The problem that plagues the historic doctrine of church/state separation is, then, at its core, a problem defined by the progressive collapse of the American intellect. The pervasive irrelevance of history in American life has now been buttressed by a public that has largely forgotten how to think. No wonder only 52 percent of the American people would reject an amendment to the Constitution that would make Christianity the official religion of the nation.
Actually, beginning in the 1970s -- and this is the fourth development I wish to consider -- a powerful segment of American Christians -- a group we came to know as the Christian Right -- did, in fact, seek to create an informal Christian establishment in response to the challenges leveled against traditional American values in the 1960s.
Indeed, a broad counter-cultural coalition had launched an assault on a wide array of accepted American values ranging from the Vietnam War to racial and gender inequality to traditional sexual mores and even to the respected place of the Christian religion in American life -- a religion that many in the counter-cultural movement viewed as a tool of oppression.
In response, a coalition of conservative American Christians sought to enshrine those traditional American commitments in the sanctity of the Christian religion -- commitments that included American military dominance abroad and racial inequality at home. In doing so, they perverted the meaning of the Christian religion even as they sought to make their version of the Christian faith a kind of Christian establishment.
All over the South, for example, they established "Christian" schools and academies that perpetuated racial inequality, and in the rest of the nation they sought to elect to every public office, from president of the nation to United States Senators to members of the House of Representatives to the mayor of the smallest city, people who supported the traditional values the counter-cultural movement had attacked. And relying on the work of pseudo-historians like David Barton, they did their best to rewrite American history, claiming that the Founders themselves had sought to create an explicitly Christian nation.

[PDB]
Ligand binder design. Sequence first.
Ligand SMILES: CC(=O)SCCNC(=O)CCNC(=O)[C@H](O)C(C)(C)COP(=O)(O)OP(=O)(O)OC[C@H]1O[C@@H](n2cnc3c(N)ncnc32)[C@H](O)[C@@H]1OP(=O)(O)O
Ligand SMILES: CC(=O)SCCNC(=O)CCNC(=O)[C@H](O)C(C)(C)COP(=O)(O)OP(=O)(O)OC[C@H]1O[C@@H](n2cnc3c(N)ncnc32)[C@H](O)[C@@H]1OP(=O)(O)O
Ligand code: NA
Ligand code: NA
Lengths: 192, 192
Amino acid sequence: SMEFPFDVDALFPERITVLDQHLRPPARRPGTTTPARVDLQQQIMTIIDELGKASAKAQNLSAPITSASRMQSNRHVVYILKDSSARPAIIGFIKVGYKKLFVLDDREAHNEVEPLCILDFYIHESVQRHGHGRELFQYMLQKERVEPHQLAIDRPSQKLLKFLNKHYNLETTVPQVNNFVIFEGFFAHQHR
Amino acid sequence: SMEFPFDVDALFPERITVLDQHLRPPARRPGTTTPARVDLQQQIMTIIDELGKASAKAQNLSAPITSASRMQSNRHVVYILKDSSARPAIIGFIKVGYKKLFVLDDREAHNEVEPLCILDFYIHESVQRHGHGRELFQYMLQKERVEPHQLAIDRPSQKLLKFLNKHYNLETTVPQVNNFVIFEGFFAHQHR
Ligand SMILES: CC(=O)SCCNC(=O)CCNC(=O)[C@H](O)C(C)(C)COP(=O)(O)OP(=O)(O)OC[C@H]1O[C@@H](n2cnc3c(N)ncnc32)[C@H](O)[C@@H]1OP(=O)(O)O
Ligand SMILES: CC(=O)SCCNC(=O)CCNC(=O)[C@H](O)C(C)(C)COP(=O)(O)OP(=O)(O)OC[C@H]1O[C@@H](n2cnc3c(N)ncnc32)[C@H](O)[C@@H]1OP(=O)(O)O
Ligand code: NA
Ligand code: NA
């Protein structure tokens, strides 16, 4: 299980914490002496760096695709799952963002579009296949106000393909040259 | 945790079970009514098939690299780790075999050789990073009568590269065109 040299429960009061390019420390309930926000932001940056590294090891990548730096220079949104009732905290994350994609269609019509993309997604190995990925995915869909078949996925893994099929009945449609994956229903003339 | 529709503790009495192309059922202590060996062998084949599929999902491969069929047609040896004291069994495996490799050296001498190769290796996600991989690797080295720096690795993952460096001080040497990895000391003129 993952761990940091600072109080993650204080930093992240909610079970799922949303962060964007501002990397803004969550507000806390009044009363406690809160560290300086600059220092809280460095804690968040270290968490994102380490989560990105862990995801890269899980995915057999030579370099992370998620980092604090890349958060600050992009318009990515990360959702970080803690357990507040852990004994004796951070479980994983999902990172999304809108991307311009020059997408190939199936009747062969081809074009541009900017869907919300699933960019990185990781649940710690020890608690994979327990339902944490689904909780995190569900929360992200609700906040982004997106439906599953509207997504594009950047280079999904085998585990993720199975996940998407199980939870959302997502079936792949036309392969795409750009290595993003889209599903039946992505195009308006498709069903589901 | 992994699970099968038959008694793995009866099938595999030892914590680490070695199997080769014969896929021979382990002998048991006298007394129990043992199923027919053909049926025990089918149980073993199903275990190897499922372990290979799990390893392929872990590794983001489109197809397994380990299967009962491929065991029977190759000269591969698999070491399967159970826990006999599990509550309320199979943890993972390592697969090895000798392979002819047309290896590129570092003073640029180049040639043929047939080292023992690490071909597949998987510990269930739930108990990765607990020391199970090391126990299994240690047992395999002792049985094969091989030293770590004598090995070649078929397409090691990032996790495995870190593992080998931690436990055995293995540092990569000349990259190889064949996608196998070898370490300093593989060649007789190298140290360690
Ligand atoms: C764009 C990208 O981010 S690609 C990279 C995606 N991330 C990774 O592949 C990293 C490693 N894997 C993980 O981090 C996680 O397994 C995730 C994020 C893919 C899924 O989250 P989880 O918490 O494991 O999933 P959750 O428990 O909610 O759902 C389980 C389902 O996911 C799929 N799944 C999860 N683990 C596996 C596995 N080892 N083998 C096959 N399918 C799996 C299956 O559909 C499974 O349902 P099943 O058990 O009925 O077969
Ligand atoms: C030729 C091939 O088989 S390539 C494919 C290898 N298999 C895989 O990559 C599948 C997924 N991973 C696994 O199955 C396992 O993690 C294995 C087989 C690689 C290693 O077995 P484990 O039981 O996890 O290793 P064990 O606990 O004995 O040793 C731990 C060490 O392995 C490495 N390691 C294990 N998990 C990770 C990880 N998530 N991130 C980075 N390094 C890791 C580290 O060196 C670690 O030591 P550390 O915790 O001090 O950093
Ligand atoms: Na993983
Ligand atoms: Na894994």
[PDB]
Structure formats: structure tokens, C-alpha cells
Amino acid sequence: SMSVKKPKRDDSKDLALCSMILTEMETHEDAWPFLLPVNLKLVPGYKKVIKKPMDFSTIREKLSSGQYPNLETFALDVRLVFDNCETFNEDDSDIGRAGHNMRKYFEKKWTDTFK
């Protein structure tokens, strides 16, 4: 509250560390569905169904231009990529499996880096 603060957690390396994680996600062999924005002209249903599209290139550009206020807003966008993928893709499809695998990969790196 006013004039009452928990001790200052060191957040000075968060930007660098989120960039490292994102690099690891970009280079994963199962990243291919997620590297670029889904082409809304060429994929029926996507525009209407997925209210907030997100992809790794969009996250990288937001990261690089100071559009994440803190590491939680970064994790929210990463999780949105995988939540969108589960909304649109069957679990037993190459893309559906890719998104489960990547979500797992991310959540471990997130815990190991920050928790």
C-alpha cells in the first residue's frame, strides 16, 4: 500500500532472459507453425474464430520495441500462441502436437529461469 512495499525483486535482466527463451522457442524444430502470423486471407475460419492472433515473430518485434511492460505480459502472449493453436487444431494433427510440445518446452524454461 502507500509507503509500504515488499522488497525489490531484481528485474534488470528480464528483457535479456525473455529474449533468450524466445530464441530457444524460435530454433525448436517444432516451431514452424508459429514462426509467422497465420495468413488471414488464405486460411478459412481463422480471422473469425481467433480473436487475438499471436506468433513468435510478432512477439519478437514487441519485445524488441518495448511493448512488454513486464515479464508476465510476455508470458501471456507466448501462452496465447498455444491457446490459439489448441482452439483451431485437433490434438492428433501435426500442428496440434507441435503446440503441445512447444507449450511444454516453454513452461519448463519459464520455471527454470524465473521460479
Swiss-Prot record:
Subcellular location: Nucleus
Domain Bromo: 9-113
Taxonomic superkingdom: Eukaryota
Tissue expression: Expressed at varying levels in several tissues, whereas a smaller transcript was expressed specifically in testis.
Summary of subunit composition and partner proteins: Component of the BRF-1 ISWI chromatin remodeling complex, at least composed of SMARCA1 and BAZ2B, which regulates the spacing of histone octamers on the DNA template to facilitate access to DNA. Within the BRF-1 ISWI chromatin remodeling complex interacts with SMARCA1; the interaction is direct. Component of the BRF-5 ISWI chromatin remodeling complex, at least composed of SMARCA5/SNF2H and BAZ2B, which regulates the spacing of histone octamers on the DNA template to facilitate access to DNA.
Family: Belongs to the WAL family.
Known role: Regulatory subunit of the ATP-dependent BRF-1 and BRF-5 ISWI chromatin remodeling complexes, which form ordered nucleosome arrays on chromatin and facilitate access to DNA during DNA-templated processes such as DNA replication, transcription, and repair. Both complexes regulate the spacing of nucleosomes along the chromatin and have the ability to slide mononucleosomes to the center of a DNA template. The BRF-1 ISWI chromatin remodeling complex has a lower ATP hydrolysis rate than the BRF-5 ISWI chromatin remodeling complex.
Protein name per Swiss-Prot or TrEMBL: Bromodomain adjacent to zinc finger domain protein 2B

In the end that movement failed, but it severely weakened the viability of the Christian religion even as it weakened the historic doctrine of church/state separation. And both the 9/11 terrorists and ISIS have launched their attacks at the very time when the venerable American doctrine of church/state separation was already in significant trouble.
We can place those attacks in context by recalling that since the nation's birth, the United States has waged war against numerous nations that have defined themselves as Christian nations -- Nazi Germany, for example, or the U.S.S.R., Italy, Mexico, France, Spain, and England. And we have also waged war against nations that represent other world religions -- Japan in World War II, for example, or North Korea during the Korean War, or Vietnam and Cambodia during the Vietnam War.
But never has the United States fought an enemy that (a) claims to represent one of the world's major religions while (b) seeking to destroy competing faiths and that (c) defines itself in such explicitly religious terms as have the Islamic terrorists during the thirteen years that have elapsed since September 11, 2001.
The fact that Islamic terrorists hardly represent traditional, mainstream Islam is largely irrelevant to the point I wish to make. The fact that millions of Americans view these terrorists as the face of the Muslim religion is the important consideration here. And because the number one enemy of the United States -- at least in the minds of many -- rallies around a religious flag, many apparently think they can keep that enemy at bay with a legally mandated Christian establishment.
We saw a similar logic at work when, driven by their fear of Islam, 70 percent of Oklahomans voted in 2010 for a constitutional amendment that would bar Sharia Law from consideration in Oklahoma's courts. A federal judge subsequently struck this measure down as unconstitutional.
We can also discern the "logic" of this sort of thinking in the comment Duck Dynasty's Phil Robertson made to Sean Hannity on September 2: "I think you either have to convert [the Islamic terrorists] . . . or kill them. One or the other."
The tragic irony is this -- that in their effort to combat the terrorists, Christians like Robertson have embraced the perspectives of the terrorists they oppose while turning their backs on the principles of the faith they espouse.
And Americans who view a Christian establishment as a meaningful antidote to Islamic terror have already conceded the fight to the people they oppose since they would strip the United States of one of the most important pillars of American freedom.
Richard T. Hughes is the author of Myths America Lives By and Christian America and the Kingdom of God.